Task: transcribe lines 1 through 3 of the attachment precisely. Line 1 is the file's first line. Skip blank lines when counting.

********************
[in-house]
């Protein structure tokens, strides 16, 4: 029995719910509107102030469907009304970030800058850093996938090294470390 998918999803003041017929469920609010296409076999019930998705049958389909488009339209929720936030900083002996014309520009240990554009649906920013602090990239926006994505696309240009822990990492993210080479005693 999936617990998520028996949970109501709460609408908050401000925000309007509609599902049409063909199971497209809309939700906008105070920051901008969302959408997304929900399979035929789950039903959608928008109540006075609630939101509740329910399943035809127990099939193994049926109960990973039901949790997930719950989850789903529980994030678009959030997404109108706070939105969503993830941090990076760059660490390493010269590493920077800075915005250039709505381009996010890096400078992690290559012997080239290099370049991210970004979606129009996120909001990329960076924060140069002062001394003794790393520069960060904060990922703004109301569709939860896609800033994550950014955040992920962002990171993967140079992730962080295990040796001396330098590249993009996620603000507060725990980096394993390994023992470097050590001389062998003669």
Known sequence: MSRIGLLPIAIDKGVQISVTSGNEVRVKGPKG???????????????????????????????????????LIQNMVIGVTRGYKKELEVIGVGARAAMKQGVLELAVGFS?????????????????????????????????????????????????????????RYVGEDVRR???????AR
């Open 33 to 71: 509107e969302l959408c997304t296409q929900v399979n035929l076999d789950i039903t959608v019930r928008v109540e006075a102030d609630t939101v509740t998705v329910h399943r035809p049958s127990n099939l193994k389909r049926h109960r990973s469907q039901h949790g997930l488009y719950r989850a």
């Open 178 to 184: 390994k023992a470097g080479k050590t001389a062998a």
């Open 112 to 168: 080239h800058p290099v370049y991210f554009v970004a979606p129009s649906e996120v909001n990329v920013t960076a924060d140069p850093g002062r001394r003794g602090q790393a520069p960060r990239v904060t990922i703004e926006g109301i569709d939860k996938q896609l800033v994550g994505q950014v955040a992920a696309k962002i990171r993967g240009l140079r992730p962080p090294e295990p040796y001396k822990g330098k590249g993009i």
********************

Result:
[in-house]
């Protein structure tokens, strides 16, 4: 029995719910509107102030469907009304970030800058850093996938090294470390 998918999803003041017929469920609010296409076999019930998705049958389909488009339209929720936030900083002996014309520009240990554009649906920013602090990239926006994505696309240009822990990492993210080479005693 999936617990998520028996949970109501709460609408908050401000925000309007509609599902049409063909199971497209809309939700906008105070920051901008969302959408997304929900399979035929789950039903959608928008109540006075609630939101509740329910399943035809127990099939193994049926109960990973039901949790997930719950989850789903529980994030678009959030997404109108706070939105969503993830941090990076760059660490390493010269590493920077800075915005250039709505381009996010890096400078992690290559012997080239290099370049991210970004979606129009996120909001990329960076924060140069002062001394003794790393520069960060904060990922703004109301569709939860896609800033994550950014955040992920962002990171993967140079992730962080295990040796001396330098590249993009996620603000507060725990980096394993390994023992470097050590001389062998003669």
Known sequence: MSRIGLLPIAIDKGVQISVTSGNEVRVKGPKG???????????????????????????????????????LIQNMVIGVTRGYKKELEVIGVGARAAMKQGVLELAVGFS?????????????????????????????????????????????????????????RYVGEDVRR???????AR